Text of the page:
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In conversation, Kelly Carlin, Joely Fisher to talk AI’s impact on creative industries

Kelly Carlin and Joely Fisher
Carlin (left) & Fisher (right)

What does it mean to be a creative artist in a world of artificial intelligence? What dangers does the technology pose for fields like the film industry? These are questions Kelly Carlin and Joely Fisher are set to discuss at 10:45 a.m. today in the Amphitheater.

Carlin is an author, writer and producer with a long career working in the television and film industry. Fisher is an actor, director and author who also currently serves as the secretary-treasurer of the Screen Actors Guild-American Federation of Television and Radio Artists, or SAG-AFTRA.

Carlin said she is honored to be invited back to the Institution and she is looking forward to taking the Amp stage once again; previously, she’s spoken as part of the Institution’s weeks in partnership with the National Comedy Center, where she’s an advisory board member.

According to Carlin, today’s talk as part of the theme “The AI Revolution” will be a very personal conversation based on both speakers’ own stories and experiences.

“I think we’ll just be talking a little bit philosophically about what it means to be an artist and to have to deal with this technology,” she said. Carlin said the two will have a conversation about the threats that AI poses to the television and film industries, as well as potential ways that they can be ethically utilized.

Fisher is the half-sister of the late actor Carrie Fisher, Carlin is the daughter of comedian George Carlin; she’ll discuss her firsthand experience navigating the dangers of AI after the technology was used to reproduce her father’s name and likeness without her family’s permission after his death. She plans to issue a “cautionary tale” about the threats of artificial intelligence and wants Chautauquans to understand the gravity of this new technology.

Carlin believes that AI has the capacity to be used for good within the industry, but it must be used responsibly. To her, the biggest threats that AI poses to her industry are job loss and unauthorized consumption of intellectual property.

As she sees it, the way forward is to employ the technology in ethical ways in which people are able to give full and informed consent on how the technology is used, and are able to negotiate the compensation and terms in which their name and likeness are used.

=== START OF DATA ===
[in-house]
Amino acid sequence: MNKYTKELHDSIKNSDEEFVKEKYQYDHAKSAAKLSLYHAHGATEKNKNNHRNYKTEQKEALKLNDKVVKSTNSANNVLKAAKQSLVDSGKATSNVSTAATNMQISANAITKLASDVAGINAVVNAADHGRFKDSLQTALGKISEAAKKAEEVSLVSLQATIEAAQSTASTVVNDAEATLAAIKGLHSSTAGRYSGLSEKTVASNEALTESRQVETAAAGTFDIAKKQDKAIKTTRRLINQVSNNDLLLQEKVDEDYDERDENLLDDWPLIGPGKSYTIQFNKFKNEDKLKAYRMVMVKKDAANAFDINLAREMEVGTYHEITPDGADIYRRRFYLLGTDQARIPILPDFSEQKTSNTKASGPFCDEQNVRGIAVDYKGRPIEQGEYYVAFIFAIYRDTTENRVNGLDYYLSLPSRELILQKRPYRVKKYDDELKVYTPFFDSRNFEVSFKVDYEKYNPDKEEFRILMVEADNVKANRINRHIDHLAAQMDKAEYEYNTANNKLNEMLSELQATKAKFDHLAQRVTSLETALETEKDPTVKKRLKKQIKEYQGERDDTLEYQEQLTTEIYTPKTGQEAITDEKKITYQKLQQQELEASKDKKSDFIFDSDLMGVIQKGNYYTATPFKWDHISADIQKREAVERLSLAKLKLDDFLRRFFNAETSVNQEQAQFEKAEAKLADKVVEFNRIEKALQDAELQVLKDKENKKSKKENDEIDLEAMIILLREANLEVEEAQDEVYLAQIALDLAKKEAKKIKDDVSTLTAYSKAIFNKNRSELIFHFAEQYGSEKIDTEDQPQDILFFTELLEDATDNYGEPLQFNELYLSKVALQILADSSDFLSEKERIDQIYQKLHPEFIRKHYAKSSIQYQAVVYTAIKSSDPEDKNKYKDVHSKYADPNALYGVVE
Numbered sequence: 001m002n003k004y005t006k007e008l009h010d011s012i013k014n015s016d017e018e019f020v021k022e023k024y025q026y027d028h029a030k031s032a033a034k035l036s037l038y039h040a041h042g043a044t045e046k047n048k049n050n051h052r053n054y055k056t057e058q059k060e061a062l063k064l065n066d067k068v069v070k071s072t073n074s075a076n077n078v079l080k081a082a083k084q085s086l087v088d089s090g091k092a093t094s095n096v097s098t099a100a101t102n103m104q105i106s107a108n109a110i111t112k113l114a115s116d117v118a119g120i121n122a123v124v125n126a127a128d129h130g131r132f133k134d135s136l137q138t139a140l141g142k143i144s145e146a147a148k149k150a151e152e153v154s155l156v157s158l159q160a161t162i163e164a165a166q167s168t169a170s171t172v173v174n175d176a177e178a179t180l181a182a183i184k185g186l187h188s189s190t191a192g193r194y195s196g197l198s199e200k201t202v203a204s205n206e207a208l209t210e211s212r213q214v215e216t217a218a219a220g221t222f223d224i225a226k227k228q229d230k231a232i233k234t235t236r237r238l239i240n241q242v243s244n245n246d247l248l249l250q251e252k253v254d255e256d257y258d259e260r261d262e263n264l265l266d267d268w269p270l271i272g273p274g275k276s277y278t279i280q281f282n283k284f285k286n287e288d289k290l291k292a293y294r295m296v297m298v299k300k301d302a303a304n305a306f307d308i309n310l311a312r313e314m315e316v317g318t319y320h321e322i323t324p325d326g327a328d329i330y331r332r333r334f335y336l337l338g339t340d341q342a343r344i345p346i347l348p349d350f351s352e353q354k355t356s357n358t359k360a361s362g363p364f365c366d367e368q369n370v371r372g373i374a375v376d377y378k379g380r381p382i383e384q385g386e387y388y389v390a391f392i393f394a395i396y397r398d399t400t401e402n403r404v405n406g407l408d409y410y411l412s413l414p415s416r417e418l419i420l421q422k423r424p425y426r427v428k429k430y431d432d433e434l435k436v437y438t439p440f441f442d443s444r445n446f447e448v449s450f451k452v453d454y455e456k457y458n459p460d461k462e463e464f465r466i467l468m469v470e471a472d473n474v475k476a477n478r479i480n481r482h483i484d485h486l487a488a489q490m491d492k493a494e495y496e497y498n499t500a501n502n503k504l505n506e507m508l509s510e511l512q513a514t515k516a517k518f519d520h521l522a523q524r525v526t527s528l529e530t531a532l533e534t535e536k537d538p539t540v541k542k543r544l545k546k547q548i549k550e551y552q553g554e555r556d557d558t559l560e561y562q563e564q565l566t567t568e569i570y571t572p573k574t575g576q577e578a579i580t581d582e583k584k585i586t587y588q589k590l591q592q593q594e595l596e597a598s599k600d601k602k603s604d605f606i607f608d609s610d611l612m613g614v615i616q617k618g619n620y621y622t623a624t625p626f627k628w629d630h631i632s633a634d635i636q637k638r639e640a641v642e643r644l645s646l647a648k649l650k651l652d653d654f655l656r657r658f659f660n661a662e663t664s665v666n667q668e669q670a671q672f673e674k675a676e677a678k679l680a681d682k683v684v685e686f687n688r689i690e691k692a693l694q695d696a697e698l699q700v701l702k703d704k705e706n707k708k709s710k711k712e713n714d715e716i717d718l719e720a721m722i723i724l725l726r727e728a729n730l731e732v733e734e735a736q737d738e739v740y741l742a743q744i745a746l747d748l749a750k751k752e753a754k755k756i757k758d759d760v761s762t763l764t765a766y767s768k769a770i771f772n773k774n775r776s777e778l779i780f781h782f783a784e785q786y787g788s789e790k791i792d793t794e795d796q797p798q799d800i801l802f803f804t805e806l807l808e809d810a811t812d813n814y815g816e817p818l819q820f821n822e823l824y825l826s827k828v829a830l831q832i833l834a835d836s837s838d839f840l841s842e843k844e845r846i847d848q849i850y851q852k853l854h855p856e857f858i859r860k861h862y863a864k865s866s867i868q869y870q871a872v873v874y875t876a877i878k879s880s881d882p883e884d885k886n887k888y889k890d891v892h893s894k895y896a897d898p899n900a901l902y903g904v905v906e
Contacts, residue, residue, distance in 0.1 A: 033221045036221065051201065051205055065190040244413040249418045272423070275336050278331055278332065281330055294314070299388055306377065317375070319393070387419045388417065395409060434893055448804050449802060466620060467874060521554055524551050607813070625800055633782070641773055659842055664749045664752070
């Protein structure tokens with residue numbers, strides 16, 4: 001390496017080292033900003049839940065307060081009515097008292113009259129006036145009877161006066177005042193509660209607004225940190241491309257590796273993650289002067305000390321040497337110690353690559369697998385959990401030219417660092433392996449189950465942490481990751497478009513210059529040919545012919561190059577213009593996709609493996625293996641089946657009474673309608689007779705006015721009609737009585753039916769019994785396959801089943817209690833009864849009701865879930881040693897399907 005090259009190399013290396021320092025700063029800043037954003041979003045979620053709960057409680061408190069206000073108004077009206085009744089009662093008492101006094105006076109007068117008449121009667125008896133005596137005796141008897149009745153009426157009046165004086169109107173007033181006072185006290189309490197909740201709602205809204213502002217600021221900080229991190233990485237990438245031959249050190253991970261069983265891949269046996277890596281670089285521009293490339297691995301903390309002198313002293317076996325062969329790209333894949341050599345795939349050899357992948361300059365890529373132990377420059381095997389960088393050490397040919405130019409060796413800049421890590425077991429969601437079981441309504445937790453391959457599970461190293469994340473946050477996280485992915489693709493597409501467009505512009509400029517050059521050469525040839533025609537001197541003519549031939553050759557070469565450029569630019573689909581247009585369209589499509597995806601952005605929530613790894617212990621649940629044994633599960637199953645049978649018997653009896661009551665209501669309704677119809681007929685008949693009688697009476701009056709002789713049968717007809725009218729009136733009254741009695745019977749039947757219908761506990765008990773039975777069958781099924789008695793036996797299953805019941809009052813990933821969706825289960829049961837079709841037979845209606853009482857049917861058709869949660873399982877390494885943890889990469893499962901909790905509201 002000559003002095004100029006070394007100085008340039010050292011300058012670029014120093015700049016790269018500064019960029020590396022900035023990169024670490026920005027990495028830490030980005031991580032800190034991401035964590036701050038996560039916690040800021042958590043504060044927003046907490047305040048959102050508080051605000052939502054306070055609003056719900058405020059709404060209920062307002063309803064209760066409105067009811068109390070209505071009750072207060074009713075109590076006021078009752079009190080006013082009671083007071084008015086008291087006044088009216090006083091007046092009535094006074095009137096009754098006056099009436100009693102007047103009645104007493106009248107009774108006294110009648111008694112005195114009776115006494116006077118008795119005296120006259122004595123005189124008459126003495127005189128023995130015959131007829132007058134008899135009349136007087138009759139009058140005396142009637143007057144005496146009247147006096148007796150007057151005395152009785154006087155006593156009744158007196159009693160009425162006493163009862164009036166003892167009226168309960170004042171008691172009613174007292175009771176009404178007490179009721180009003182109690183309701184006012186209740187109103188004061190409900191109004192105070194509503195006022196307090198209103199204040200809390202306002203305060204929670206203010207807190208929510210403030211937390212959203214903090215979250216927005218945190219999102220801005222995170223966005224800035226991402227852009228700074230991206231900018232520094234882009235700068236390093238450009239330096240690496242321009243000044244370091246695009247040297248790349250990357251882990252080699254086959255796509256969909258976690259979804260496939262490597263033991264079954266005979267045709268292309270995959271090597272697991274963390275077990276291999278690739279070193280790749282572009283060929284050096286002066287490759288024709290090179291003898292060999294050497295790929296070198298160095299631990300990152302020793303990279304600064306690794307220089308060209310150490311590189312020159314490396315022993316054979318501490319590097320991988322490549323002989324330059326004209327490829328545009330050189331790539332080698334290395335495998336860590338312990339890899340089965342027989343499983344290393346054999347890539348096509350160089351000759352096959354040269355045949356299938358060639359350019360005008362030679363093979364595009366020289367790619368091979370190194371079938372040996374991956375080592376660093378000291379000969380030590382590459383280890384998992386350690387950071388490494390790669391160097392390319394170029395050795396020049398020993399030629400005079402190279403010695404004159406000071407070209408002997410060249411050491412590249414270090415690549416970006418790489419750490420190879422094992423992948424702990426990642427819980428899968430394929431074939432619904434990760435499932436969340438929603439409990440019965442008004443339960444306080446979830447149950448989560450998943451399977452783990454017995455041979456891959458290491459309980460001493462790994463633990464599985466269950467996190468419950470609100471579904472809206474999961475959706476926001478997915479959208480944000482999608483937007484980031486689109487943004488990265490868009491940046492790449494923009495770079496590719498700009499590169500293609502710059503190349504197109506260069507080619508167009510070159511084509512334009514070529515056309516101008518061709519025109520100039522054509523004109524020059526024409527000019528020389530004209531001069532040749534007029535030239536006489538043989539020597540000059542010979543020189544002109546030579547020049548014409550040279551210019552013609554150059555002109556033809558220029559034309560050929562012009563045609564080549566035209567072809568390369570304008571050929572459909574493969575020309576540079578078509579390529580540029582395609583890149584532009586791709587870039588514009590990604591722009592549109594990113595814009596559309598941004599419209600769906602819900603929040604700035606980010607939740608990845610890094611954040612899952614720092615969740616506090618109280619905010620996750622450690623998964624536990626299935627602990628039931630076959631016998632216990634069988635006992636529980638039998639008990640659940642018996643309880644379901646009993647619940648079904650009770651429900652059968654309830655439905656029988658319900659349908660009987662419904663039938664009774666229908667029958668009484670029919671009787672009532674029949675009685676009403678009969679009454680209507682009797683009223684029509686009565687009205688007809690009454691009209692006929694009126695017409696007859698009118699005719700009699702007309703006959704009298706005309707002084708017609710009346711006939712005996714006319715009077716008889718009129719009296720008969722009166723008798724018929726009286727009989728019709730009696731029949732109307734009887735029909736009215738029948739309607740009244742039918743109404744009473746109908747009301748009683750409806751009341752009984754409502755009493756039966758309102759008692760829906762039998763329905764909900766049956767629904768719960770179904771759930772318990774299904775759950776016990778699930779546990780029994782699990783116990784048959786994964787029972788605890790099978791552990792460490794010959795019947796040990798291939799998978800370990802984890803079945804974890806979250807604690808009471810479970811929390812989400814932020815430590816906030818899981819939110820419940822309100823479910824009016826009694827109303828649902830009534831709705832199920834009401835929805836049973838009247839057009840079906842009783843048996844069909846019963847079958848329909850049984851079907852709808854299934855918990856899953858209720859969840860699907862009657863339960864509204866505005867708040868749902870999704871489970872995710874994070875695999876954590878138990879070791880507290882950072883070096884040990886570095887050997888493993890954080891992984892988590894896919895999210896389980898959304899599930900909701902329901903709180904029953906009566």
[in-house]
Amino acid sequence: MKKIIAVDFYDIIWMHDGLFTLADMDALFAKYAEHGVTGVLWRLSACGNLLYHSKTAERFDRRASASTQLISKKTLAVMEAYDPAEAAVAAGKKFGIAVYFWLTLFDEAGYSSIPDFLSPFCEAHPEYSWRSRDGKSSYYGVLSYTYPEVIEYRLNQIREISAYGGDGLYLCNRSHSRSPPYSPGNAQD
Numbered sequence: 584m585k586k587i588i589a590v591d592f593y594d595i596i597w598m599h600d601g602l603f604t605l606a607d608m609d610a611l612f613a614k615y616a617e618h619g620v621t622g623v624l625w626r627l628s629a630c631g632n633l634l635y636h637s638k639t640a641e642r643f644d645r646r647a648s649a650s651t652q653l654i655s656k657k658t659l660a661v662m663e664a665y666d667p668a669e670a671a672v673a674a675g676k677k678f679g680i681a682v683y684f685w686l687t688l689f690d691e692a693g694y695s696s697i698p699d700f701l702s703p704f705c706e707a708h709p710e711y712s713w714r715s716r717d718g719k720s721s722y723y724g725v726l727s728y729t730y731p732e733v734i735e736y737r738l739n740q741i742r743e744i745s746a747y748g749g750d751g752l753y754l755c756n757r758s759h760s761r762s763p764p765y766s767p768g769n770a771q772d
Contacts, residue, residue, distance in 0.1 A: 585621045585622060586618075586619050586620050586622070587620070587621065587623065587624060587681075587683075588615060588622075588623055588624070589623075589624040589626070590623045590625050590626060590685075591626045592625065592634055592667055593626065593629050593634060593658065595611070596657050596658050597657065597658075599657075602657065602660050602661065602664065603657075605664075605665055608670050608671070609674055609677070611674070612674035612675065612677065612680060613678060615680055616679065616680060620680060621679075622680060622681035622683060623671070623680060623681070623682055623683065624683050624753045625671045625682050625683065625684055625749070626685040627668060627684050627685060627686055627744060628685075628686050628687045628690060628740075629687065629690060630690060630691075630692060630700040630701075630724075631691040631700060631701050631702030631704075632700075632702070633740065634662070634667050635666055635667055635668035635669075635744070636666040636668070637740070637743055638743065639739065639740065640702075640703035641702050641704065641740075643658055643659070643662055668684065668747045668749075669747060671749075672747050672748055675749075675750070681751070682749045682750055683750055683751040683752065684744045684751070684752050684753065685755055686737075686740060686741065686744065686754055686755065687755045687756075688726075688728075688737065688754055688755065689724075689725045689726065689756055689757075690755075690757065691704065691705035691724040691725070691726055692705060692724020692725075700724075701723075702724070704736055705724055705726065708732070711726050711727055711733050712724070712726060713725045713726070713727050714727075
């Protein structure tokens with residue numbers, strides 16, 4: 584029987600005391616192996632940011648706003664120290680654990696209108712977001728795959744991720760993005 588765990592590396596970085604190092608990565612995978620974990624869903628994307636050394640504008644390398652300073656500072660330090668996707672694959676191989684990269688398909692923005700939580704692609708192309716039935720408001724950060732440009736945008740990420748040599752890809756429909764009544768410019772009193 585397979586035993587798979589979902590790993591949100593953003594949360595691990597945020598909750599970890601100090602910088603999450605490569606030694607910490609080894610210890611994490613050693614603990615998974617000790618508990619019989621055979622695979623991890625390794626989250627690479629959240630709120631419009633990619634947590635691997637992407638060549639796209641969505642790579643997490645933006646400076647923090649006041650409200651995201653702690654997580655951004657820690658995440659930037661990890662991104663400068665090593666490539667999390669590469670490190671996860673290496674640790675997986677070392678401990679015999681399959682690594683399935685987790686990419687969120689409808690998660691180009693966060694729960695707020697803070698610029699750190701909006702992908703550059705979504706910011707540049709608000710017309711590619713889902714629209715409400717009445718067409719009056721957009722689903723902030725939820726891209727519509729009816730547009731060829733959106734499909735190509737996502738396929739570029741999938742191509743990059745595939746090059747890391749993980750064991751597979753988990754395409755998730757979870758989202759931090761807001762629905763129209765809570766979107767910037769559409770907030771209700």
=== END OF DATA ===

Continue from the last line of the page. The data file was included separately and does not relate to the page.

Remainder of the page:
Even amid the rise of AI, she believes she works in a space where technology and machines cannot replace humans. She said that she and Fisher will focus on the humanities; to her, the very core of that word shows that machines cannot replace or replicate their work.

“They do not have consciousness, they do not have sentience and they do not have experience. They cannot experience things,” Carlin said. “They can only accumulate information, and it is the human experience that every artist — whether it be a visual artist, or a performing artist, or a literary artist, any kind of artist — the art form itself is about sharing, connecting with and trying to unpack and explain the human experience. … Even though these machines might be able to put words in an order that they think represents some facsimile of what we’re asking from them, they are only going on the information that they have. They are not going on real, lived-in organic bodies that pulsate with consciousness (and) experience.”

Tags : AIartificial intelligenceCarrie FisherGeorge CarlinJoely FisherKelly Carlinmorning lectureMorning Lecture PreviewSAG-AFTRAScreen Actors Guild-American Federation of Television and Radio Artists
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The author Julia Weber

Julia Weber is a rising junior in Ohio University’s Honors Tutorial College where she is majoring in journalism and minoring in art history. Originally from Athens, Ohio, this is her first summer in Chautauqua and she is thrilled to cover the theater and dance performances. She serves as the features editor for Ohio University’s All-Campus Radio Network, a student-run radio station and media hub, and she is a former intern for Pittsburgh Magazine. Outside of her professional life, Julia has a newly adopted cat, Griffin, and she is an avid fan of live music and a dedicated ceramicist.